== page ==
By the start of the first millennium, people in the Bulgarian lands were already using iron along with bronze tools. Iron, a stronger metal, eventually replaced bronze in most farming tools. Iron-mining methods were also perfected. Major centres of metalworking emerged over the centuries, the best known among them being Samokov. The town is named after the enormous hammer-like water-powered device that blacksmiths used to beat the iron into shape - some of those devices have survived to the present day. Smithery remained the most popular craft since it was very closely associated with the livelihood and lifestyle of the Bulgarian people. A number of legends testify to the long popularity and importance of the craft. For instance, legend has it that Tsar Ivan Asen II (1218-1241) once ingeniously ordered fixing yhe horseshoes on the hooves of his army'shorses the other way round, and thus deceived the enemy and won a crucial battle.
Along with geometrical decaration, artisans used floral motifs. However, animal figures - mostly horses, birds and serpents - were their greatest achievement.
Byzantine chroniclers note that in plundering the capital of the first Bulgarian Empire, Pliska (811), Emperor Nicephorus I (802-811) gave his men copper from the treasure of Khan Kroum (803-814). Archaeologists have found many copper vessels and weapons. The towns of Chiprovtsi, Plovdiv, Skopie and Veliko Turnovo were centres of copperwork. The craft flourished in the 17th to 19th centuries. Various household utensils from this period - coppers, braziers, basins, jugs, bowls for holy water and others - are amazing masterpieces of decoration.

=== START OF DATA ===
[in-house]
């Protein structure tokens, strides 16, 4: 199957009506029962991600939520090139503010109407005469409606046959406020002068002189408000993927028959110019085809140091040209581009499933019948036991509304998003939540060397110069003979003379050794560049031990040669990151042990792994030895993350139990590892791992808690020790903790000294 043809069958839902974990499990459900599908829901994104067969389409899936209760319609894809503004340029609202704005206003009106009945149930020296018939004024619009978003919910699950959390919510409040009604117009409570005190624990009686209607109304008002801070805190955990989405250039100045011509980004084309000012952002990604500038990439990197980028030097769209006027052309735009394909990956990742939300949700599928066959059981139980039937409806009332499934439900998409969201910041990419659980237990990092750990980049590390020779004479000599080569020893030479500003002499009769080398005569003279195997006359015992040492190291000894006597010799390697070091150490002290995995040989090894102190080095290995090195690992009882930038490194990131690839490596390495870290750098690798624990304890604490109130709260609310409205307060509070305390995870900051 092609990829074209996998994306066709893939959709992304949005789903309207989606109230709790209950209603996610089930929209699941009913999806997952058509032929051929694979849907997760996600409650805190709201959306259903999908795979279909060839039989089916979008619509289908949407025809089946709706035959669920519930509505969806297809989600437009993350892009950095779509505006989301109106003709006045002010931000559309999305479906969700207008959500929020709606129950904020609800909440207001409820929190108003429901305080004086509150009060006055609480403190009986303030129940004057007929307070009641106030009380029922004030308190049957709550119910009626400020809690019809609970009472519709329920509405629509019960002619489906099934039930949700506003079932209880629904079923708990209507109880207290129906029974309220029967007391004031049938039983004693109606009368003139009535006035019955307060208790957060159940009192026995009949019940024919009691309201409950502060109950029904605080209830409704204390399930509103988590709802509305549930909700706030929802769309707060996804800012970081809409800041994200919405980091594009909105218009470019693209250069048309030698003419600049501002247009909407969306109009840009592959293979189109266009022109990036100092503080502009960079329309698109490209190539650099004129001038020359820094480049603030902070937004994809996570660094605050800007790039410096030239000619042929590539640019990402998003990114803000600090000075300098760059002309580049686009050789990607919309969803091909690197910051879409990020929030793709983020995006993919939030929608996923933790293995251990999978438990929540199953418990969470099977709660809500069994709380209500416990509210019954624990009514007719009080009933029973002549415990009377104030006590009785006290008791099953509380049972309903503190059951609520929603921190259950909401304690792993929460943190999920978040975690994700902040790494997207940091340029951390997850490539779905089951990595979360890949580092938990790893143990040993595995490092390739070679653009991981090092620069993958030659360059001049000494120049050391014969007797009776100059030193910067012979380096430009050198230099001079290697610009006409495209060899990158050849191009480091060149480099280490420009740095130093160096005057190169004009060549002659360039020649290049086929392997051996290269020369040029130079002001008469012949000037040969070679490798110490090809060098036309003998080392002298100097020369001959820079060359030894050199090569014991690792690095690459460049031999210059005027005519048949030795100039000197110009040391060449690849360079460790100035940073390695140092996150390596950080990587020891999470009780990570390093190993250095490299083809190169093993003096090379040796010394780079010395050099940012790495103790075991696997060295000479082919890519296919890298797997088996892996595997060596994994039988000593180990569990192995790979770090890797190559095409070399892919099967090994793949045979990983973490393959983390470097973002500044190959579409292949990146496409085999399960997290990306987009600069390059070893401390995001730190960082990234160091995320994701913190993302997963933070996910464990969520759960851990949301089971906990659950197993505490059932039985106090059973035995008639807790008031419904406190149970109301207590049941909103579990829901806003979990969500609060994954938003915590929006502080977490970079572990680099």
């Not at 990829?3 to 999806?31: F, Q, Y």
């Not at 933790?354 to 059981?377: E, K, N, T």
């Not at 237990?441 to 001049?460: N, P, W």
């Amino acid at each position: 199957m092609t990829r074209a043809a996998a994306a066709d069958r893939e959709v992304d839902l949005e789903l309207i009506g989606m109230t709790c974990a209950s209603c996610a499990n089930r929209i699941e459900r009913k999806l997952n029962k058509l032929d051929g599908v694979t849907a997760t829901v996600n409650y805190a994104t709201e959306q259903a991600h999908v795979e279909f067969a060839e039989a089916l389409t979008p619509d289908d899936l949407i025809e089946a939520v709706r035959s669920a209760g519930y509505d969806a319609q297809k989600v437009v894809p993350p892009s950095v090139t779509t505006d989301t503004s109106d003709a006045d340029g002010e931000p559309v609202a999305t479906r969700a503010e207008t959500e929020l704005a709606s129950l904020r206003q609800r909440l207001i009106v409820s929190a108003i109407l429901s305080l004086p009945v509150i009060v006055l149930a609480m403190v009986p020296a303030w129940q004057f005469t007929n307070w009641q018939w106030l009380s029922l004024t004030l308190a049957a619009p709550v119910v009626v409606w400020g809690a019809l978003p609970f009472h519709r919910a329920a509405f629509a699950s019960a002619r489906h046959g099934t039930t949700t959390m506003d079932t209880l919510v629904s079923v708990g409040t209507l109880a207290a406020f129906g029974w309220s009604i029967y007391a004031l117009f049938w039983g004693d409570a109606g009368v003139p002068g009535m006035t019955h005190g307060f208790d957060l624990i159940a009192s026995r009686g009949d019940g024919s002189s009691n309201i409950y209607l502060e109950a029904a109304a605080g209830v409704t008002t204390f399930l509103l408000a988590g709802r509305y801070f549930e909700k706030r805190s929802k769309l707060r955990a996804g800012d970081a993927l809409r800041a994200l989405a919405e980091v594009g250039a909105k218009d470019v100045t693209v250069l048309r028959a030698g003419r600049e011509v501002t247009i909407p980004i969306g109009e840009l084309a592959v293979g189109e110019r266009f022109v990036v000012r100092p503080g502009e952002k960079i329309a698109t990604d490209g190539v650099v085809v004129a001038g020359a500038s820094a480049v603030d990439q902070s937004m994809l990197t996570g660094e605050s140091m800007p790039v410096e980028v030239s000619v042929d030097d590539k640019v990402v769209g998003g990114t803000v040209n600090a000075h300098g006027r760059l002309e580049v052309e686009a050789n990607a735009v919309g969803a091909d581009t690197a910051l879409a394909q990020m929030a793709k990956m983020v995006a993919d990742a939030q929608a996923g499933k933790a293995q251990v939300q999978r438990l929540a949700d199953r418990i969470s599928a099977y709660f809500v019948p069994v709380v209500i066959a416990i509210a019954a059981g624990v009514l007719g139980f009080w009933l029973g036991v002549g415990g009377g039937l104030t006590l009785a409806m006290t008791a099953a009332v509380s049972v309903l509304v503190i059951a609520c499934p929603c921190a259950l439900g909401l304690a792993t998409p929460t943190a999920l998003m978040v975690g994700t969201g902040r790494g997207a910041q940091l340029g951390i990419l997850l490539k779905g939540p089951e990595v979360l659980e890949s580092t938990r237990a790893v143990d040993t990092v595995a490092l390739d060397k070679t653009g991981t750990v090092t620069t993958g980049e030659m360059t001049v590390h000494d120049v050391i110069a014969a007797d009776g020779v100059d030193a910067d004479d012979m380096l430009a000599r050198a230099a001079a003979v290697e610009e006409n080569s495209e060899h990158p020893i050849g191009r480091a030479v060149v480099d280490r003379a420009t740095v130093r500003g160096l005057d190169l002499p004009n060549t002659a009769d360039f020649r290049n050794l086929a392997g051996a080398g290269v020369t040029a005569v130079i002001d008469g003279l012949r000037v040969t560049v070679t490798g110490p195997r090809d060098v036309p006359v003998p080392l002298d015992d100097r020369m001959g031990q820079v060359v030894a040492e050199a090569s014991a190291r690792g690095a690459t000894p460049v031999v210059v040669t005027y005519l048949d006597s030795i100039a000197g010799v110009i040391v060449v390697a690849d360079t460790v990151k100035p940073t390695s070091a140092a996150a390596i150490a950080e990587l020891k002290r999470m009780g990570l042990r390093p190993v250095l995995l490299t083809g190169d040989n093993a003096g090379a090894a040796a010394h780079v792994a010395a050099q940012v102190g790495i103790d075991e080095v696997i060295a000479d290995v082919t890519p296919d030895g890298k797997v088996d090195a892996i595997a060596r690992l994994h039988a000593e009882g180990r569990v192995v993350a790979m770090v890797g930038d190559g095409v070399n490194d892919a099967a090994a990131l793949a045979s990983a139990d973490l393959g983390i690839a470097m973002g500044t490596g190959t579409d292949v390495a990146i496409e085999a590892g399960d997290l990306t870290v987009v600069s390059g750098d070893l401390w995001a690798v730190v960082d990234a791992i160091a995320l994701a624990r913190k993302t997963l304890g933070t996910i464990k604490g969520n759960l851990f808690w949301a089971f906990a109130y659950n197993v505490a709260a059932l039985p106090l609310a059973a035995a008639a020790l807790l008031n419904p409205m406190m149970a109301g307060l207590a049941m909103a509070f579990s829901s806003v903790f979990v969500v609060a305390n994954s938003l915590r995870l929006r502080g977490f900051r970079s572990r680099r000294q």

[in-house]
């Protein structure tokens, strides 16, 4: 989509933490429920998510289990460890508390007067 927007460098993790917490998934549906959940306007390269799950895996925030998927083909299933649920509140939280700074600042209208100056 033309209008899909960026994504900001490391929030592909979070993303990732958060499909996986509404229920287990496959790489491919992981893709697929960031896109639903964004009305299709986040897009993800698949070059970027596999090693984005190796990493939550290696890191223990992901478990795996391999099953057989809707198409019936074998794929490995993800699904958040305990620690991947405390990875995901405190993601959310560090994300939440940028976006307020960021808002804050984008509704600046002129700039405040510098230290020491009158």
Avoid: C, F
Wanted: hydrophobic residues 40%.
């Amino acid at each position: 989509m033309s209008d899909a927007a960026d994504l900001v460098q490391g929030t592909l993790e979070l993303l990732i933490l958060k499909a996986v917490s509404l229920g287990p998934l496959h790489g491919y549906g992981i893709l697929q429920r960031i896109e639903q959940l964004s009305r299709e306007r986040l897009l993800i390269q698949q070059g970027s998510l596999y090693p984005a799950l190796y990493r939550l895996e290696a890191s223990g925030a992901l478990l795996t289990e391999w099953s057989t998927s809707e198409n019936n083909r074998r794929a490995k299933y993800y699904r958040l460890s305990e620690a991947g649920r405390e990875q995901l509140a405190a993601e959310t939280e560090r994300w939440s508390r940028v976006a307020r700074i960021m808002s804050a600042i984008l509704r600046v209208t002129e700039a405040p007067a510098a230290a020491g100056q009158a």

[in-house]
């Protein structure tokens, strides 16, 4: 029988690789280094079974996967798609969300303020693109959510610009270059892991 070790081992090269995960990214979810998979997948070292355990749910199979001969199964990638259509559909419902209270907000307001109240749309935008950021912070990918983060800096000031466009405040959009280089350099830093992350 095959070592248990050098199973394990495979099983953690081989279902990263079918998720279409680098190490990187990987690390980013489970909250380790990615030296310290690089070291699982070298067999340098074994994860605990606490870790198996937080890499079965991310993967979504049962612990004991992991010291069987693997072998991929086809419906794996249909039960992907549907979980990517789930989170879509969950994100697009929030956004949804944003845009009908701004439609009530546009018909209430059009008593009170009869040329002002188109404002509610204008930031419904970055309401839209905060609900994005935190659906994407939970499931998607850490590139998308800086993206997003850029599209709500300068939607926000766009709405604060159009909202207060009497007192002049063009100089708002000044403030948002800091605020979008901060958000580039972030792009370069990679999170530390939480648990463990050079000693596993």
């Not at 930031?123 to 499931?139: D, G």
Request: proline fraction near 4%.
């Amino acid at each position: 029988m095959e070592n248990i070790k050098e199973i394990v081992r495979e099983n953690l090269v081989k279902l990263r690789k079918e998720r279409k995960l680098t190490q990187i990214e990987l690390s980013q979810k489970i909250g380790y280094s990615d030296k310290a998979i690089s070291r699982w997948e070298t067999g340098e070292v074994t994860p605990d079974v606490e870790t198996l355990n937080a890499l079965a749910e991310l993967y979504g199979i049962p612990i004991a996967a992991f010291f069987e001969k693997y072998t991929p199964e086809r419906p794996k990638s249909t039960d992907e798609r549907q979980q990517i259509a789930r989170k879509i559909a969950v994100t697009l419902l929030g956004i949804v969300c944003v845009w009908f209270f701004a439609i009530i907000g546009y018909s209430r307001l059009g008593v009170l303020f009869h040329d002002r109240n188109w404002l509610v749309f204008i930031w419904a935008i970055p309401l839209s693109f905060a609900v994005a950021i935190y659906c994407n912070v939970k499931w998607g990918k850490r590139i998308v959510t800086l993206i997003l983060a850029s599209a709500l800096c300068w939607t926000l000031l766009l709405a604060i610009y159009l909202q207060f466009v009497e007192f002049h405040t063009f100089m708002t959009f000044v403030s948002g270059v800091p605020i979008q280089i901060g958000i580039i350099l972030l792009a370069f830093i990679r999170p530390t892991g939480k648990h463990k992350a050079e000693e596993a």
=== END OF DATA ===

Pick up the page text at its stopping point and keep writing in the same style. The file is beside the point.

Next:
The vessels were embossed, engraved and exquisitely carved. Along with the intricate floral and geometrical patterns, the master, the master craftsmen depicted human and animal figures, and even scenes from the Bible.
The various alloys for bells for the livestock took just as much skill to make. The craft reached perfection in the bells in the Rhodopi Mountains which resounded across the mountain from early spring to late autumn, raising people's spirits and hope. The master craftsmen of yore jealously guarded their secret and novices had to find their own alloy to make a bell sound right. The craft was held in high esteem, as surviving surnames show: Chandjiev, Tyumbelekov, Zvunarov, all of which are synonyms of "Bell."
Gunsmithing developed in more recent times. The craft flourished in towns like Sliven, Gabrovo and Madan in the 18th and early 19th century. Bulgarian gunsmiths were so good that merchants from all over the Ottoman Empire and as far away as Persia came to buy their barrel guns, rifles, pistols and other wares.